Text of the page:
Blockchain was invented to enable Bitcoin, a global, peer to peer digital cash system. This happened in 2009. Does that date ring a bell? Our financial system in the US and around the world came close to collapse with the irresponsible behavior of the big banks. Our financial system, our global well-being is controlled by the profit motive of big banks and governments. If there was a de-centralized, self-validating system for managing money that existed outside of any bank or government we could avoid the disasters like 2008-9. That’s where Satoshi Nakamoto came in. He developed this system in 2009 and it has proven itself over the last 13 years. It works. The value of bitcoin goes up and down – wildly – and that can be a problem, but the process of the blockchain works.

The blockchain technology is about a lot more than Bitcoin

I became aware of Blockchain a year or so ago by following Peter Diamandis. He is a technology optimist. He’s authored several books and he runs the X-Prize that awards millions of dollars to technology teams that solve the worlds most important issues. He says the time is now to learn about this new technology. I took that to heart and signed up for an account with Coinbase, a cryptocurrency exchange, where I could buy a minimal amount of Bitcoin just to learn how it works. 

Since then I’ve been studying and I’m fascinated with the possibilities that this new technology offers. Blockchain is more than money. It is accounting for any item of value and tracking it thru various transactions. Think of property deeds. They can be recorded on a blockchain and be immutable, anywhere in the world. Think of people’s identification and health histories – blockchain could give every individual an unhackable record of their identity. With the Ethereum blockchain, and the smart contracts that it creates, a musician can put their music on the blockchain and programmatically require anyone listening to it to pay a certain amount. Payment is guaranteed because, in order to use the music system, a listener had to link to their wallet, so the smart contract automatically executes the transaction. Each time the song is played a small amount of money is transferred. The smart contract can autonomously charge a different amount if you want to use the music as a soundtrack, and yet another amount to license it for your brand advertising. With blockchain the musician is guaranteed fair payment for their work.

Learn more

Regardless of what you think about Bitcoin, it’s time to learn more about it.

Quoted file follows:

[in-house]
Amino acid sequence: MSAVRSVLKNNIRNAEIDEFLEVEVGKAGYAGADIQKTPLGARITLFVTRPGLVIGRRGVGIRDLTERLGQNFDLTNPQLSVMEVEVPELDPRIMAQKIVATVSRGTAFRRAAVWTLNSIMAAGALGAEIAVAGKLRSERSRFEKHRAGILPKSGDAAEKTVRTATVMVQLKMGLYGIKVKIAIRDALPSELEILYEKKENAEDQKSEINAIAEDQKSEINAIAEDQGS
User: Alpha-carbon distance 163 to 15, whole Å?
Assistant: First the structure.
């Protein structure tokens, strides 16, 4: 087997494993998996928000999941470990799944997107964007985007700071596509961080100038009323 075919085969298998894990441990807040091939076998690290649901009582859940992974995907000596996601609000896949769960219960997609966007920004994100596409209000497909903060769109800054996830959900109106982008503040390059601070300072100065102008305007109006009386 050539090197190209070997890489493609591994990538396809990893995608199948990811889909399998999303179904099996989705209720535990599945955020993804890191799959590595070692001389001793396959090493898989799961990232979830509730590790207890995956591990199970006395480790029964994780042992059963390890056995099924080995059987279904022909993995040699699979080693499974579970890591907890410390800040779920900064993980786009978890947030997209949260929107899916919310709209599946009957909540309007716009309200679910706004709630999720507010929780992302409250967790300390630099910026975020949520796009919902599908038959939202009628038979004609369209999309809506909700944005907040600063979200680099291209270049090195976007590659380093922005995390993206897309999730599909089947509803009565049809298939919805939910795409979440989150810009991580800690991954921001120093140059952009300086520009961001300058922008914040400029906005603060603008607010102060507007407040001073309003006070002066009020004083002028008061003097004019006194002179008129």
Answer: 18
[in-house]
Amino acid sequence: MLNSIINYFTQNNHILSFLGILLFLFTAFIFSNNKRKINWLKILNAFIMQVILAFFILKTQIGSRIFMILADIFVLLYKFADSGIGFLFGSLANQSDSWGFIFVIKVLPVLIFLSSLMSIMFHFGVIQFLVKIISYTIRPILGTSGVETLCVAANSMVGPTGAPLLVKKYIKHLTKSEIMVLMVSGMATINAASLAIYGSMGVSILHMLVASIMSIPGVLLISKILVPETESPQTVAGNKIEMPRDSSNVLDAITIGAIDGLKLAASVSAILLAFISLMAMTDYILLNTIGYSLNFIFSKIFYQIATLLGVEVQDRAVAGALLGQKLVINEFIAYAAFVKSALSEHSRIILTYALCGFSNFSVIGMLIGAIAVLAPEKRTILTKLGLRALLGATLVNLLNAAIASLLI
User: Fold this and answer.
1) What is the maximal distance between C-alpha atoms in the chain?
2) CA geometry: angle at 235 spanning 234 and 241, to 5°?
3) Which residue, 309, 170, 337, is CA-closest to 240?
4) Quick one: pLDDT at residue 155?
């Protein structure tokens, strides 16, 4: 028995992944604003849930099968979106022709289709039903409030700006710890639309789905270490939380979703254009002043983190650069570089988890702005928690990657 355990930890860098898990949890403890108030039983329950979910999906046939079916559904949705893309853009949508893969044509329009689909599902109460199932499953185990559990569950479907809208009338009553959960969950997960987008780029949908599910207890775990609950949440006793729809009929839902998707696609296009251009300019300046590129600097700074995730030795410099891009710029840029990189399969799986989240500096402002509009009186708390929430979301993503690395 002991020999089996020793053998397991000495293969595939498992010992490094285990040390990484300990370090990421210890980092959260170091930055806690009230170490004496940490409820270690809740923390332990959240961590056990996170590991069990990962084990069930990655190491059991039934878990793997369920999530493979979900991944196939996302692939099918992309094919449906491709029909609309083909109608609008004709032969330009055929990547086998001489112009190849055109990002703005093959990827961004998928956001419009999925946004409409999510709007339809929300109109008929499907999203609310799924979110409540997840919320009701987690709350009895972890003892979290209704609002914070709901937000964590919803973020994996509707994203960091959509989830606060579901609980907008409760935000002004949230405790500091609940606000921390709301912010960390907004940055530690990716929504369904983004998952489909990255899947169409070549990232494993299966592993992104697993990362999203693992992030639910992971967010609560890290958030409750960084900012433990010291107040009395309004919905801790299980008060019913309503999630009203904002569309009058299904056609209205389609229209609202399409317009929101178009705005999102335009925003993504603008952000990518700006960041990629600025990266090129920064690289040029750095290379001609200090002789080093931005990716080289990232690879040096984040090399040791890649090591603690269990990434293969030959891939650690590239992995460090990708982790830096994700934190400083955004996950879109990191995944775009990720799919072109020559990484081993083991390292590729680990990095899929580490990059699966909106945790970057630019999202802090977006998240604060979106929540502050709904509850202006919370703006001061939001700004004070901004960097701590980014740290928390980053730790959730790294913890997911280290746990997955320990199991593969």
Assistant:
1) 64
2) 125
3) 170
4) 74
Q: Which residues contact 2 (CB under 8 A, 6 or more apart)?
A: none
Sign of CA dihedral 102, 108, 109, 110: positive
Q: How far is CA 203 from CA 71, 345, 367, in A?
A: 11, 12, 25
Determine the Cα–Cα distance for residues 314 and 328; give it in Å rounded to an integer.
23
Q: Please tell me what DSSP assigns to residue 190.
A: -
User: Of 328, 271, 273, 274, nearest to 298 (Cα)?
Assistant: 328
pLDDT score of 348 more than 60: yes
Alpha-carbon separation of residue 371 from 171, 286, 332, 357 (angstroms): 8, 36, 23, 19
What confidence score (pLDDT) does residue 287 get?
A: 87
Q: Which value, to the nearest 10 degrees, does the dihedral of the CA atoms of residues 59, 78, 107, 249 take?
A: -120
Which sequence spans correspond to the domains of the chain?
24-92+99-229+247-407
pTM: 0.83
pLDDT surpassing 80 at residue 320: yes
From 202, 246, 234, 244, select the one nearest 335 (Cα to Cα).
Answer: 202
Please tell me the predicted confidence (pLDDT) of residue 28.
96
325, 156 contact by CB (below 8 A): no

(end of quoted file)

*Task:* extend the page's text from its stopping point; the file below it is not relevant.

• If you ticked #1 above – Bitcoin is only used by criminals, I urge you to watch this TED talk by Katie Haun. She was a federal prosecutor who was involved in taking down the dark web operation called “The Silk Road.” She explains how this drug-trafficking website was financed by Bitcoin and how the blockchain that drives Bitcoin made it possible to track them down. For the entertaining movie of the whole story, see The Silk Road.
  • If you ticked #2 – learn more, I encourage you to find more on GeeksOnTour – just use the search box at the top of our website and search for Bitcoin.
    Other sources that I have learned from include Coinbase Learning, the YouTube channel for 99Bitcoins, the books Blockchain Revolution and Bitcoin Evangelist, and, probably my number one recommendation, is the excellent documentary called Cryptopia.
  • If you ticked #3 – it is the future, I’m with you! No one has a crystal ball. Bitcoin and blockchain could take us to a utopian future, or it could crash and burn. Personally, I like to dream about how Blockchain could level the financial playing field and help create global prosperity.

What have you learned about Bitcoin and Blockchain? Leave us a comment below.


About the author: Chris Guld has been teaching technology since 1983. She owned and operated a computer training center, Computer Savvy, from 1983-1996. She started with Visicalc and AppleWriter on the Apple IIe computer which was even before mice and the graphical user interface! With the advent of the Web, she recognized the world (literally) of opportunities that had opened up. She sold the computer training business and, along with her husband Jim (who was the network administrator for Computer Savvy) started living in an RV with a Datastorm Internet Satellite dish on the roof! Then came smartphones in 2007. Now, in 2022, 83% of the world use smartphones. The world of technology changes fast. Chris is passionate about learning and teaching technology and she sees Blockchain and Web3 as the next big technology. Bitcoin is just the tip of the iceberg.